Tōhaku has been the subject of renewed attention in recent years, including at the Kyoto National Museum and the Tokyo National Museum, where the 400th anniversary of the artist’s death was commemorated in an important 2010 survey exhibition. Raised in a family of cloth-dyers in Nanao, on the Sea of Japan coast in the Hokuriku region of Japan’s main island, Tōhaku began his career as a provincial painter of Buddhist paintings, working under the name “Nobuharu”. He later moved to Kyoto, the heart of late 16th-century Japanese politics and culture, where he studied Chinese and Japanese painting and accepted instruction from Kanō Shōei, head of the Kanō school, which supplied paintings to Japan’s leading samurai. In the 1580s, he appears to have begun using the name “Tōhaku,” a switch in nomenclature that coincided with a shift in his style. While producing painted screens covered in vast expanses of gold leaf, Tōhaku also began to demonstrate a mastery of sumi-e (ink painting) at this stage in his career. By 1590, he had emerged as the leading painter of his day, founding his own school of painting—the Hasegawa school—consisting primarily of his own sons. Tōhaku became the favored painter for Sen no Rykyu and the powerful daimyō Toyotomi Hideyoshi and, at the turn of the 17th-century, he was summoned to the new capital of Edo by Hideyoshi’s successor, Tokugawa Ieyasu (founder of Tokugawa shogunate), where he remained briefly until his death.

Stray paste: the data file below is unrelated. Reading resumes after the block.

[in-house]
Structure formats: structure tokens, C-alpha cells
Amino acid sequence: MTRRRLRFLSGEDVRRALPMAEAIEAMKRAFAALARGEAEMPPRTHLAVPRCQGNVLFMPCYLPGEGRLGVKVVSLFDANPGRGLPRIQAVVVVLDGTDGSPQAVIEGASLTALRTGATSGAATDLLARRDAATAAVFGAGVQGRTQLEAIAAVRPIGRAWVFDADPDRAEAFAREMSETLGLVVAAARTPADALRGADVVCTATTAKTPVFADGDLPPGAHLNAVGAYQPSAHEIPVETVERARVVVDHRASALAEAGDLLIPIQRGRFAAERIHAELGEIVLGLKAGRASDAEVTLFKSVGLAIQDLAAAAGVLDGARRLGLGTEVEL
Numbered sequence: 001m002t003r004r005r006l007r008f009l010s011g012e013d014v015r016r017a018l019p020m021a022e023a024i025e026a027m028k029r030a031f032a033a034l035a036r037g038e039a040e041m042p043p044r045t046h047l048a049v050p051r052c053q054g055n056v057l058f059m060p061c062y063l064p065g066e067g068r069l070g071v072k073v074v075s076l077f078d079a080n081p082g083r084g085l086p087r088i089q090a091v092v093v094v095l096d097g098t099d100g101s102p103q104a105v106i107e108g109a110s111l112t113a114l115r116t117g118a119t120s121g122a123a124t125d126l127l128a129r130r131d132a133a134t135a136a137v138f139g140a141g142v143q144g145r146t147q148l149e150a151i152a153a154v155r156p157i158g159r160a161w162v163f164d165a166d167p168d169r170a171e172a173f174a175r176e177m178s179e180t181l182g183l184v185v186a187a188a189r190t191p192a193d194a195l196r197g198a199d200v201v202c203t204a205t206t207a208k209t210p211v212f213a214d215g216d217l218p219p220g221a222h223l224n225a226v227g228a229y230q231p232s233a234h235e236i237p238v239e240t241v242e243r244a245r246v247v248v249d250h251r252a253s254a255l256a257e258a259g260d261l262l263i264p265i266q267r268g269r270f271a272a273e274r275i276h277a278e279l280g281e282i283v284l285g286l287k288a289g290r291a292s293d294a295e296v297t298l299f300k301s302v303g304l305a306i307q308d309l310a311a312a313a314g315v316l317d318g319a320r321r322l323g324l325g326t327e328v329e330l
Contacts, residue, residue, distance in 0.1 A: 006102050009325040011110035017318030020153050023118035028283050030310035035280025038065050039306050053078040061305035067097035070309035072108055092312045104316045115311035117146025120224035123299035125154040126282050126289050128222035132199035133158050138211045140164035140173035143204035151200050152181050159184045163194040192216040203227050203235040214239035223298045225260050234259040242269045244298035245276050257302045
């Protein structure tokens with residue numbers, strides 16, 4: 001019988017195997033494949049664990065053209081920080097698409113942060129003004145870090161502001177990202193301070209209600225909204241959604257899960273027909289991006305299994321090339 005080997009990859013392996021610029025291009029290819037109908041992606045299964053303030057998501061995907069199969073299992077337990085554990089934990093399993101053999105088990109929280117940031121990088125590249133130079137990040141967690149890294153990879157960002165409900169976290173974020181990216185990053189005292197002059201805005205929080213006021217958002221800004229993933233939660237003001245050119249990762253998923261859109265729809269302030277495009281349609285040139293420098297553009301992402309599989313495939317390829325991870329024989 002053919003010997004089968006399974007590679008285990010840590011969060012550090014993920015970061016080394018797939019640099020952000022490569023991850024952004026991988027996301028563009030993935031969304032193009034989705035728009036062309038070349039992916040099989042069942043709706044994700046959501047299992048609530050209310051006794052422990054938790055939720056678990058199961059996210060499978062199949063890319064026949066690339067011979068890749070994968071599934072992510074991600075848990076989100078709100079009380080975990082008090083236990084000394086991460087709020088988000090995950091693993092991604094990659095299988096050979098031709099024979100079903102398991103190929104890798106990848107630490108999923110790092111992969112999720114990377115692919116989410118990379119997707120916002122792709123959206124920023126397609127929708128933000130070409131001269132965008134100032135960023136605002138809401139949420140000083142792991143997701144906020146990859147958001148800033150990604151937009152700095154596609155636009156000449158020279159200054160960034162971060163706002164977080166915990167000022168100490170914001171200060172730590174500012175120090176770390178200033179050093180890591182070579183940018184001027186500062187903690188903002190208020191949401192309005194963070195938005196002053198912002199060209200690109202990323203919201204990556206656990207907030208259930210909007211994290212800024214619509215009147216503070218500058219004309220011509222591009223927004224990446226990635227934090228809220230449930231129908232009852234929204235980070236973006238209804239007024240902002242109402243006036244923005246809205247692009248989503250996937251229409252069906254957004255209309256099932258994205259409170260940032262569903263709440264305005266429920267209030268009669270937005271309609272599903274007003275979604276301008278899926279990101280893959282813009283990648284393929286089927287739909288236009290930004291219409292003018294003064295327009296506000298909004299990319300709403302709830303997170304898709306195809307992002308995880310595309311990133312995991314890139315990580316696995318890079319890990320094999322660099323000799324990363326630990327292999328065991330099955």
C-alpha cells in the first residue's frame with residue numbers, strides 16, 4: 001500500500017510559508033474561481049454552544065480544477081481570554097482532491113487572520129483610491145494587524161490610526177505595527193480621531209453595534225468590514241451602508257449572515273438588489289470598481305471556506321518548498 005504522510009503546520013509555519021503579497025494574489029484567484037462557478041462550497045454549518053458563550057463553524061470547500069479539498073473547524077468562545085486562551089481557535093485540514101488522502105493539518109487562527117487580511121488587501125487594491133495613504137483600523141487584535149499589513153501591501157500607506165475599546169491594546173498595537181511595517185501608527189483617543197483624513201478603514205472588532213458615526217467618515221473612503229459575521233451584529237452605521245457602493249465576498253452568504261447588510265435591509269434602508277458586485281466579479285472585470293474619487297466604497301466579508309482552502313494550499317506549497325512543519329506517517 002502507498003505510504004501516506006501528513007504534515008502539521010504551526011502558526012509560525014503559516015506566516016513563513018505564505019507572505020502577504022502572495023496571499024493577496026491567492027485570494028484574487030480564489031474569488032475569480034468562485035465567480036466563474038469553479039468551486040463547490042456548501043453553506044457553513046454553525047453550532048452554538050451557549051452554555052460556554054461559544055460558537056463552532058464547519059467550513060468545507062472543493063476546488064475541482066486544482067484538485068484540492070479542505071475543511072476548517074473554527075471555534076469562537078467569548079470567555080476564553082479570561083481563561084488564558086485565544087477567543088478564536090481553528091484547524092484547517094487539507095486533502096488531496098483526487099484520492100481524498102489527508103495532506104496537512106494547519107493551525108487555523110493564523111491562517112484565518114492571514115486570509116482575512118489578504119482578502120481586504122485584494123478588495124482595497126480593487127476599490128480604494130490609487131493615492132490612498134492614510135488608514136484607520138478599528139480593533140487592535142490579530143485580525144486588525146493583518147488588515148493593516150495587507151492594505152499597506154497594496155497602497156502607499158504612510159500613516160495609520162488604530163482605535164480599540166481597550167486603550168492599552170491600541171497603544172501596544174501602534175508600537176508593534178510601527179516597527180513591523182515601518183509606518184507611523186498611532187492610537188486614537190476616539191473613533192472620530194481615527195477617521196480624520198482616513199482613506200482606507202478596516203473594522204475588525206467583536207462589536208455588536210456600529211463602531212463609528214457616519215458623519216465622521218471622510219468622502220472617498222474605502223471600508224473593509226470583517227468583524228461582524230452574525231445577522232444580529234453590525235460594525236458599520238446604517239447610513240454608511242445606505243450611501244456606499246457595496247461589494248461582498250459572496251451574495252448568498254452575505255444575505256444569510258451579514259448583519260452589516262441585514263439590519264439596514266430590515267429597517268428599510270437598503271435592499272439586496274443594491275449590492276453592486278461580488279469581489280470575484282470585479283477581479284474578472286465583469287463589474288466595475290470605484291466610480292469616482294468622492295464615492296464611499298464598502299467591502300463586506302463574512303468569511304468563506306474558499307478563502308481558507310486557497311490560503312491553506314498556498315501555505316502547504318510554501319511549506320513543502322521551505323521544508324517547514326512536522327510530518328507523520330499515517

“We are thrilled to stage this momentous exhibition of rare works by Hasegawa Tōhaku. In many ways, the exhibition exemplifies Japan Society’s unique capability to provide a window onto Eastern scholarship, acquiring Important Cultural Properties from Japan and presenting them in a single exhibition in the U.S. As many of the loans are previously unseen in the West, A Giant Leap is an opportunity for Tōhaku’s genius to be recognized at an international level that has not yet been achieved in the U.S.,” said Yukie Kamiya, director of Japan Society Gallery.

The exhibition is conceived and supervised by Dr. Miyeko Murase (Professor Emerita, Art History and Archaeology Department, Columbia University and former special consultant for Japanese Art, Asia Department, The Metropolitan Museum of Art) with Dr. Masatomo Kawai (professor emeritus, Keio University and director, Chiba City Museum of Art) in consultation with Yukie Kamiya, director of Japan Society Gallery.